Follow me on Twitter: @JohnHQuigley

Tuesday, September 17, 2013

New report supports low estimates of methane emissions from drilling

A new paper on methane emissions from natural gas production that was published yesterday in the Proceedings of the National Academy of Sciences finds that estimates of methane escaping from gas drilling made by the Environmental Protection Agency are fairly accurate.  Indeed, the findings - the study is the most comprehensive done to date - suggest that they are 10% lower than EPA estimates - putting production-related methane emissions at 1.6-1.7% of production. That is far lower than some indirect studies of leakage that rang climate alarm bells.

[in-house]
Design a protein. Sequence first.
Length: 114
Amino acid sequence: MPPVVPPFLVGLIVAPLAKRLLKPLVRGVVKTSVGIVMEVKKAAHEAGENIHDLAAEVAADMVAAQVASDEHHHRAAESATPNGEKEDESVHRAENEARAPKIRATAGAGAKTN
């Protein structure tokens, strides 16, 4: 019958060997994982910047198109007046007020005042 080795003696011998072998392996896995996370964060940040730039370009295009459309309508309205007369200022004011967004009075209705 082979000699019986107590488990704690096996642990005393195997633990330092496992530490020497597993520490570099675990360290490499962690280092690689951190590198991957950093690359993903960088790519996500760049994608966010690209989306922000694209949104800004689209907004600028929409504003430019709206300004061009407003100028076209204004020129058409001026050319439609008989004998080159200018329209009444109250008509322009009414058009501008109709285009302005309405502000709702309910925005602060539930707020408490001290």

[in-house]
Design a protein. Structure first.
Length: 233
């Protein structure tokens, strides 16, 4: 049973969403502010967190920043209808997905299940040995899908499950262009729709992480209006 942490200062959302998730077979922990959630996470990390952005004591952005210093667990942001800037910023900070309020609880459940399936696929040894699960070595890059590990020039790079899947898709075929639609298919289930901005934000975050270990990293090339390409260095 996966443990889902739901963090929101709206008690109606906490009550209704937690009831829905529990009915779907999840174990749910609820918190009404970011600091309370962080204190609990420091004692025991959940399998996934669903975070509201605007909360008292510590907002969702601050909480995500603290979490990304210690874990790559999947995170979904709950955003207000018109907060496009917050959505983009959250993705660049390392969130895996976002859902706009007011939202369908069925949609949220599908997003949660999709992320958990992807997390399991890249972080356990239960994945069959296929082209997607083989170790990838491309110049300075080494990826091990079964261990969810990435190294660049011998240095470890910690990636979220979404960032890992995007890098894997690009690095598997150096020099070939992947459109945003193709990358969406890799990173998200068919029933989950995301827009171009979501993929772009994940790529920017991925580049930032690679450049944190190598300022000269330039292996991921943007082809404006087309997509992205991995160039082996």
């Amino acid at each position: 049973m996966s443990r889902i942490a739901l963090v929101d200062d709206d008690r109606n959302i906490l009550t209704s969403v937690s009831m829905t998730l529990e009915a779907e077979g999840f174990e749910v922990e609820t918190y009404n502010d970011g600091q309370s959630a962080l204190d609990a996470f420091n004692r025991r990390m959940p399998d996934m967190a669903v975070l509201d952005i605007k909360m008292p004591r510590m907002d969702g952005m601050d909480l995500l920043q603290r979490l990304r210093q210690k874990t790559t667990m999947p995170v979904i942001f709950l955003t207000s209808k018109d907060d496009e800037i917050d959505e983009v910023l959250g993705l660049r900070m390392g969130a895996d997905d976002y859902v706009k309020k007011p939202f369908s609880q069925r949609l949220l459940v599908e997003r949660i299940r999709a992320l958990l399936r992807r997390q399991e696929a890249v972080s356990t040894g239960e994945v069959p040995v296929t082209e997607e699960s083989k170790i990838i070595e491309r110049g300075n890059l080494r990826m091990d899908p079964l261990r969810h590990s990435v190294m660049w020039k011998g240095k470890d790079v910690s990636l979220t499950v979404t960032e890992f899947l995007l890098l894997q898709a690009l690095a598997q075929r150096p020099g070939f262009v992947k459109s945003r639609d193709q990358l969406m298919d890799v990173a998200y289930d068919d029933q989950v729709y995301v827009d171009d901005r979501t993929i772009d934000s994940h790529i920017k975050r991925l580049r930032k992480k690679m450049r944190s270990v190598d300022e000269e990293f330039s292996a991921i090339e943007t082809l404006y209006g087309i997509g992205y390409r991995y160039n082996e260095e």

Andy Revkin of The New York Times has written this extensive, must-read blog about the study.  I can add little - except to say that the latest results neither absolve the gas industry from further action nor diminish the case for stronger rules and tougher enforcement to minimize fugitive methane emissions from gas drilling - and throughout the value chain.  The results certainly validate the efficacy and importance of EPA's rule requiring green completions beginning in 2015. They should take effect earlier.  

This study is not the last word.  As Revkin notes, more studies are forthcoming.  They are essential, timely, and urgently important.  More data, and better, comprehensive monitoring techniques are needed to understand the issue and drive regulation, compliance, and enforcement.

No comments:

Post a Comment